A miner is a computer performing complex mathematical calculations, known as hashing, in a competition to add the next block to a Quai blockchain. These ongoing competitions allow the network to reach consensus through the hierarchical longest chain rule (HLCR). Quai Network utilizes merged mining, which allows each miner to secure three Quai blockchains simultaneously. Further, Quai miners self-select the contexts they wish to mine, incentivizing reduced network latency via topological organization.
The specific type of mathematical calculation being done by a miner is referred to as the hashing algorithm of the network. Quai Network utilizes the BLAKE3 hashing algorithm, an evolution of BLAKE2, a hashing algorithm utilized by other cryptocurrencies.
BLAKE3 is both GPU and ASIC mineable. BLAKE3 encourages innovation of mining hardware and the production of dedicated Quai mining machinery which will reinforce the security of the chain.
Merged mining is the process of a single miner mining multiple blockchains simultaneously. Quai's hierarchical structure of blockchains allows each Quai miner to check each completed hash, known as a nonce, against the difficulty levels of 3 different Quai chains. If the nonce meets or exceeds any of the three difficulty levels, a block is mined.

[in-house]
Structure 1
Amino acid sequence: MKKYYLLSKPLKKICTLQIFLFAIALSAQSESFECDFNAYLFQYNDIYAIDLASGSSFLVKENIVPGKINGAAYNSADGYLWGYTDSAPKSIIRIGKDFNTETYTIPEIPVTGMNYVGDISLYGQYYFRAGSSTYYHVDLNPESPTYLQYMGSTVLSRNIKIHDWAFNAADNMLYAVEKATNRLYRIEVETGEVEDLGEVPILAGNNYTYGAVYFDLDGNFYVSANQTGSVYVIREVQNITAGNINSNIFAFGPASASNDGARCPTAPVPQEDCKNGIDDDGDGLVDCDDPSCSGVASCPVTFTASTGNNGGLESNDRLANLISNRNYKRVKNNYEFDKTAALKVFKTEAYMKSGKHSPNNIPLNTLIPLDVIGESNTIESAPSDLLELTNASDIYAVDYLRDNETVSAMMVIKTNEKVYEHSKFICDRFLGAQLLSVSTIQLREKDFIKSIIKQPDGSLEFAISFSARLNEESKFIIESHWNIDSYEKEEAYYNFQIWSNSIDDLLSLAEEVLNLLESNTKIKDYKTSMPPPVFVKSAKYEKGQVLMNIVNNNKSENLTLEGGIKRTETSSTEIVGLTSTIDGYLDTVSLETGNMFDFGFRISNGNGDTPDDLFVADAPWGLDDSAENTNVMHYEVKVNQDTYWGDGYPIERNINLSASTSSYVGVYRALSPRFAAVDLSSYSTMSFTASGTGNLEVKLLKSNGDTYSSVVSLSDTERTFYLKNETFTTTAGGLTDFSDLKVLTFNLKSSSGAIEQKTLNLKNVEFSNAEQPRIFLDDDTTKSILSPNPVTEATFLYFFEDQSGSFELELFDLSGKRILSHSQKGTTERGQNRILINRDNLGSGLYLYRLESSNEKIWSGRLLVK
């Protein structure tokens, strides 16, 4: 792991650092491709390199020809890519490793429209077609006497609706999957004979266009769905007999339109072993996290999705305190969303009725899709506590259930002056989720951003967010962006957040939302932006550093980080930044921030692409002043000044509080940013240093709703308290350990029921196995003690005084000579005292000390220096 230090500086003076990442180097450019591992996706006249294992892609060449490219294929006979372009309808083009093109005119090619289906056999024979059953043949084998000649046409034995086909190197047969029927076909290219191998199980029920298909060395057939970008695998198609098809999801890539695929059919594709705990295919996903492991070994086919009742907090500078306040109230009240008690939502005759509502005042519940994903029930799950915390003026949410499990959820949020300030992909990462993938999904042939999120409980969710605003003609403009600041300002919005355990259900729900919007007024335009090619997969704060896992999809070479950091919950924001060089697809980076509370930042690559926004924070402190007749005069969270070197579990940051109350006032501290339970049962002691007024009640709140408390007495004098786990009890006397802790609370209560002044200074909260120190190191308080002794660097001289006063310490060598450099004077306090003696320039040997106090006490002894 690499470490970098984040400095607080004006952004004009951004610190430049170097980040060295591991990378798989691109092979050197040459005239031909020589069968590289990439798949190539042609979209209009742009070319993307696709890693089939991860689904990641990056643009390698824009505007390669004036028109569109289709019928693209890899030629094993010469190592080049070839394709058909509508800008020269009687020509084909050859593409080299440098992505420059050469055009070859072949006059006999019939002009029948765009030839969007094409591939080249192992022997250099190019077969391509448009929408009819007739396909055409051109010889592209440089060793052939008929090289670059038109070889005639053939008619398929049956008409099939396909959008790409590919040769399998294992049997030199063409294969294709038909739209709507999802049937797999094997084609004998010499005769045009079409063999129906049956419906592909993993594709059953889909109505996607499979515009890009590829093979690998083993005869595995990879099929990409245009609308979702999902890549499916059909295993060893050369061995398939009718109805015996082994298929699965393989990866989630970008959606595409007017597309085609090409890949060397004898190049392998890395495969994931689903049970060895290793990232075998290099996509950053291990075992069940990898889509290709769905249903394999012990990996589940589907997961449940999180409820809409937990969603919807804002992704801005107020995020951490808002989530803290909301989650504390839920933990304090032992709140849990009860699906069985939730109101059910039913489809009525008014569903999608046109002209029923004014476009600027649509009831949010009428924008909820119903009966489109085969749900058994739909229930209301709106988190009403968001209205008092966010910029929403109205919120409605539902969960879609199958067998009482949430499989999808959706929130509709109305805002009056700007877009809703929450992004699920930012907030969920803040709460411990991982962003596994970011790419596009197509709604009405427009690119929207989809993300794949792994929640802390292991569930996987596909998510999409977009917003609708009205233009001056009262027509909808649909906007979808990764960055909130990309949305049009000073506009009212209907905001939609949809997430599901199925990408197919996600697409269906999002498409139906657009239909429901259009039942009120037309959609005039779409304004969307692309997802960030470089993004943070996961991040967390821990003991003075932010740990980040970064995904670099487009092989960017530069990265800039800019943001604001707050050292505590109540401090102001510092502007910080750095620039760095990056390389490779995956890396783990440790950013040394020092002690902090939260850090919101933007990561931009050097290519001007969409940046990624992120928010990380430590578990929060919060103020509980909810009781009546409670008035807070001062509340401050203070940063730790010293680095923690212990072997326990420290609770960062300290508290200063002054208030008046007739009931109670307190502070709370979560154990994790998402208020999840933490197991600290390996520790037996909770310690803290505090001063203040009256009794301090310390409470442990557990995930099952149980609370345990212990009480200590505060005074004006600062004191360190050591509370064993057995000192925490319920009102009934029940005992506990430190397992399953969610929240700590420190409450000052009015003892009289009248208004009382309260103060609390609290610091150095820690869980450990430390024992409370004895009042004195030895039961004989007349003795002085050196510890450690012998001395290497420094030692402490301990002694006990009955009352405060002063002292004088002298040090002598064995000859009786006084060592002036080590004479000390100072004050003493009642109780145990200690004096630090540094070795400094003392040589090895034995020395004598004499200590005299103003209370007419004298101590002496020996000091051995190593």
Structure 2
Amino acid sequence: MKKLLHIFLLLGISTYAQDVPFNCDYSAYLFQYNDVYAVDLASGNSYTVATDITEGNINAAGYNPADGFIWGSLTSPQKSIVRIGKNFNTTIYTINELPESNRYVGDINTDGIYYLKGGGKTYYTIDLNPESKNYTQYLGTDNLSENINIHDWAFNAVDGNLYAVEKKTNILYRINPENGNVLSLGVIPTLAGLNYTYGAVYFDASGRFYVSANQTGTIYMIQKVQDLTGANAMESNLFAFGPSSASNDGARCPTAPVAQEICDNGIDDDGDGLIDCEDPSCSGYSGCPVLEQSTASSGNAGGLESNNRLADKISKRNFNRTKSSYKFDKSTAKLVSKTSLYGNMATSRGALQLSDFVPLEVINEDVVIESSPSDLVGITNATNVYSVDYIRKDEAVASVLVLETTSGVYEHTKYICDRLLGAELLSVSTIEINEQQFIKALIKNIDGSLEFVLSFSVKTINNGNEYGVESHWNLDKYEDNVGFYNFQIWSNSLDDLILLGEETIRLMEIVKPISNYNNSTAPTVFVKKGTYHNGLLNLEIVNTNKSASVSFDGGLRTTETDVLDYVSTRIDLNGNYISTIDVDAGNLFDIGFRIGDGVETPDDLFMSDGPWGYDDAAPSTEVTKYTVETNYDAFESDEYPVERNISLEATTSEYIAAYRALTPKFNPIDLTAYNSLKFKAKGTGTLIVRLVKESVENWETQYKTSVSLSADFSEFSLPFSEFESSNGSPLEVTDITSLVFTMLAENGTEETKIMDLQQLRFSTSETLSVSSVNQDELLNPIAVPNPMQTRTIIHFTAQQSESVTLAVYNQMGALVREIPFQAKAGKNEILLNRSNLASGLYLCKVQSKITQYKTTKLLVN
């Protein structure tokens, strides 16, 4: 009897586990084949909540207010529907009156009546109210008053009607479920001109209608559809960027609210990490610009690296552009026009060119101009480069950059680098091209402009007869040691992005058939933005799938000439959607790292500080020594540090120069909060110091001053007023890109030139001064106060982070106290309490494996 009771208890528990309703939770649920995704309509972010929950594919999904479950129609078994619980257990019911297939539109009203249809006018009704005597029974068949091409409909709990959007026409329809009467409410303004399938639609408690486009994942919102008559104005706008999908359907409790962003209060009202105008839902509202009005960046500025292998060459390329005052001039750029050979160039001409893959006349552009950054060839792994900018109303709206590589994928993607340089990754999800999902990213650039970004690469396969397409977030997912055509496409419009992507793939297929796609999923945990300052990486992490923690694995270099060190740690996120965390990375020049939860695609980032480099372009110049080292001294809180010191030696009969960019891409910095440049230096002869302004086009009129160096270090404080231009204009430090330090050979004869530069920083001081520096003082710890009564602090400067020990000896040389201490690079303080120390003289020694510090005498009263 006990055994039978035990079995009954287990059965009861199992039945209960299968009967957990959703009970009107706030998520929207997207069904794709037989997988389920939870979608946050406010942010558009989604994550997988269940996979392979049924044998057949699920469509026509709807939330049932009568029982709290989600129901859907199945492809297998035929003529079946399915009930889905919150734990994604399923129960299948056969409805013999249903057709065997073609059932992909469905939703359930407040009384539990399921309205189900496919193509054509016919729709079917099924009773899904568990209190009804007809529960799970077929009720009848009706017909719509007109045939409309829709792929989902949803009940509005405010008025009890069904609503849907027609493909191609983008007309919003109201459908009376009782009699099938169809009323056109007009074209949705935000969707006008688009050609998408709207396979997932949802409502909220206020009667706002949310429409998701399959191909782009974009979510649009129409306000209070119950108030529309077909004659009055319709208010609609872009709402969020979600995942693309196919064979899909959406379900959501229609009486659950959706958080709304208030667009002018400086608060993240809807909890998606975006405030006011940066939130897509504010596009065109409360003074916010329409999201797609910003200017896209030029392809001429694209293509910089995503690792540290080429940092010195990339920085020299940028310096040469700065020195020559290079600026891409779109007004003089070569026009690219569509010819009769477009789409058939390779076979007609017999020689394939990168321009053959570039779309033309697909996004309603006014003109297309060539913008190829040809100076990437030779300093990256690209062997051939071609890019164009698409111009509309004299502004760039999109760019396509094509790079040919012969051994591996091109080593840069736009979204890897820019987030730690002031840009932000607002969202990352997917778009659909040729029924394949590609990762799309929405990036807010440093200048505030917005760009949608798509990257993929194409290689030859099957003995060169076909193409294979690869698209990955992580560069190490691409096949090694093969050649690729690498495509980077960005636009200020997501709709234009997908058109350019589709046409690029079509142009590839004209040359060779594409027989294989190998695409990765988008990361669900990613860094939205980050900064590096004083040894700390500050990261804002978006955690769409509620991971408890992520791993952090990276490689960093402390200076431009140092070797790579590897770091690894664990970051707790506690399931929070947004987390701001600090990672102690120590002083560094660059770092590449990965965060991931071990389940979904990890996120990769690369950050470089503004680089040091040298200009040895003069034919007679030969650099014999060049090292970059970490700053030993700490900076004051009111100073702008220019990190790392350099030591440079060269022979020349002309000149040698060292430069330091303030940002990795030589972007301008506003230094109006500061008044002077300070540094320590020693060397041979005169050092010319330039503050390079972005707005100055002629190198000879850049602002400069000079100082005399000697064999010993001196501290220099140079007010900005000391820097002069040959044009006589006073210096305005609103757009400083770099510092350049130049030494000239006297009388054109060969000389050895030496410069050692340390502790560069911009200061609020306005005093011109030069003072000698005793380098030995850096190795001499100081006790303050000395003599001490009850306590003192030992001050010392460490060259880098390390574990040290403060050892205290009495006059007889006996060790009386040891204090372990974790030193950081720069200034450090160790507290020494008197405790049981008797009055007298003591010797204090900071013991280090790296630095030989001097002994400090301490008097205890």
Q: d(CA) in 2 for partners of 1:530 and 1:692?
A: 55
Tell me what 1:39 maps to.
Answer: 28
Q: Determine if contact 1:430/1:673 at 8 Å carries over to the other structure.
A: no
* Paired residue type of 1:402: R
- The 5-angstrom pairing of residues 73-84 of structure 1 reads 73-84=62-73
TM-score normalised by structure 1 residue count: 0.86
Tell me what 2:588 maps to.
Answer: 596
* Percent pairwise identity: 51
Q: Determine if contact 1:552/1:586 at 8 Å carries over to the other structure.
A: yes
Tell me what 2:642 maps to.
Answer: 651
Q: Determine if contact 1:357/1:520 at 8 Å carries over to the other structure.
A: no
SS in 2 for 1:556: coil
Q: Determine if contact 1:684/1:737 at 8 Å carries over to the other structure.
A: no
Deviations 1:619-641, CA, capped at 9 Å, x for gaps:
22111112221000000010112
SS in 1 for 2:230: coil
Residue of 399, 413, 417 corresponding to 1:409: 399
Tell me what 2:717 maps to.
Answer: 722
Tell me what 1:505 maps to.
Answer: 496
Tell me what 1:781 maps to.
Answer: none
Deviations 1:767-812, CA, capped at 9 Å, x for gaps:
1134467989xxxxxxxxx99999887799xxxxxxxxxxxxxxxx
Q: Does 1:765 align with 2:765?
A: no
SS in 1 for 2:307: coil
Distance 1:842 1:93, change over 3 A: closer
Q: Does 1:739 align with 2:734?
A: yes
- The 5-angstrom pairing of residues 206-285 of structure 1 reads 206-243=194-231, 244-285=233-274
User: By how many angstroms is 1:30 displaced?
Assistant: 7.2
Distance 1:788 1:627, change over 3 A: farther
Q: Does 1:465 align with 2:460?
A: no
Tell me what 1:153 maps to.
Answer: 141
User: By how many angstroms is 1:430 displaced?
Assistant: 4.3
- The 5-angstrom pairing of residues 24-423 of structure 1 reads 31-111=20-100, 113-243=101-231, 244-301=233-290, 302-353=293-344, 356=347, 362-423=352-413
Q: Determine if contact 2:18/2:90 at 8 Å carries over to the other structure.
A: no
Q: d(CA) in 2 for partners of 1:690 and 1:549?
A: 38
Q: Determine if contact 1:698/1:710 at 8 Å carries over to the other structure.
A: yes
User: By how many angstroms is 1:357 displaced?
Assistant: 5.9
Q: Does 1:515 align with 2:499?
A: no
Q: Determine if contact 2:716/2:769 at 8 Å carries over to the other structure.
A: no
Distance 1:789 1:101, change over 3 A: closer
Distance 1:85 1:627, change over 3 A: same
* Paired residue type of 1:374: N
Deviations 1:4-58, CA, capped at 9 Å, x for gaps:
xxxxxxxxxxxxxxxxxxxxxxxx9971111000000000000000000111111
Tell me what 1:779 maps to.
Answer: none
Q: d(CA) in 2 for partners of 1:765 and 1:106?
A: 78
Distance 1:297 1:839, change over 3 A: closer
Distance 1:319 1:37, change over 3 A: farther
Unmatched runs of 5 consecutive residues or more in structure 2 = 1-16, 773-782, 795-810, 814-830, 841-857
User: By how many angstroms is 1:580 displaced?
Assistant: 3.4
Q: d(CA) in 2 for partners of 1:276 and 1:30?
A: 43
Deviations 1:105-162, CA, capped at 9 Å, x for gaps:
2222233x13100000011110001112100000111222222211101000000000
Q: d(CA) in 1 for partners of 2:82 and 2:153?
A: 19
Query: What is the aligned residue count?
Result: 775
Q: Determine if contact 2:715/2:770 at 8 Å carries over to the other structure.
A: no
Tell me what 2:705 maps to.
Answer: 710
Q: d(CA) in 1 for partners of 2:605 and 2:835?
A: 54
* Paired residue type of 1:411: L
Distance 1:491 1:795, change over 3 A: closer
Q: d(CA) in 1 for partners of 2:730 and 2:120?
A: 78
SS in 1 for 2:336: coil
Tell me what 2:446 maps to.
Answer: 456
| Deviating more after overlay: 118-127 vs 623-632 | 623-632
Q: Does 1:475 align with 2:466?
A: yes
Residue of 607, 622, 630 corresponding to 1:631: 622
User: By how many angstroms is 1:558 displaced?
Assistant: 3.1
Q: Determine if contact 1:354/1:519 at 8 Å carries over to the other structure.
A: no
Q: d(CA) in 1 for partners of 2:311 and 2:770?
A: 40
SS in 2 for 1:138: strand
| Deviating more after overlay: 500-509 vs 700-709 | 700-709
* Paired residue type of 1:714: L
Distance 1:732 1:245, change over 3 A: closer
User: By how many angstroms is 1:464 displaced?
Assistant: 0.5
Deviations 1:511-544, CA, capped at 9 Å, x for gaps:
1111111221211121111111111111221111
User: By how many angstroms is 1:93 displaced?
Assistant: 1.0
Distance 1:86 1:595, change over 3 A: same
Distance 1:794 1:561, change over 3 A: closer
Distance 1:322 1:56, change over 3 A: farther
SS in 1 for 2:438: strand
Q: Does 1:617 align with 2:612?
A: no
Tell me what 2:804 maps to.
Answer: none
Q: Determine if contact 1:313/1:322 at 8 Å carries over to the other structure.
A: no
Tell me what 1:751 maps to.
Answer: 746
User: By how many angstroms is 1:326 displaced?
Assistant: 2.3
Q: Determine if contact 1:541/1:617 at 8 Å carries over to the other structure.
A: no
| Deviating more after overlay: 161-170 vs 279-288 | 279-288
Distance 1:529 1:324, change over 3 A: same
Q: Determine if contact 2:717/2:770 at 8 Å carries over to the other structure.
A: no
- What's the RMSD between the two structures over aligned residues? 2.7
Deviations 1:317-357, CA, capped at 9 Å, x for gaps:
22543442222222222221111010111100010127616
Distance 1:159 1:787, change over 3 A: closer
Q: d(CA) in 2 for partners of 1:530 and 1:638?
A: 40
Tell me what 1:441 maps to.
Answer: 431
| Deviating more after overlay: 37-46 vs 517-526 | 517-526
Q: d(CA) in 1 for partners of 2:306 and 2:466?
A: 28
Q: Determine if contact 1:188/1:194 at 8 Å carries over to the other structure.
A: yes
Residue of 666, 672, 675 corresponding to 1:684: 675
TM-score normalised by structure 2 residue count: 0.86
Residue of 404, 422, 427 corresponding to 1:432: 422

This is functionally achieved by combining block headers of slices in the hierarchy during block production. The combining of headers is done by the Quai Network manager. Merged mining allows for both drastically increased throughput across the network and an increased frequency of miners finding a valid hash with no additional energy expenditure or hardware requirements.
Quai miners self-select the 3 Quai chains that they merge-mine. Miners are incentivized to select the least latent chains to mine in order to minimize the production of uncle blocks. The incentive for each miner to optimize their own latency will minimize overall network latency as miners organize over time, maximizing the throughput of the network.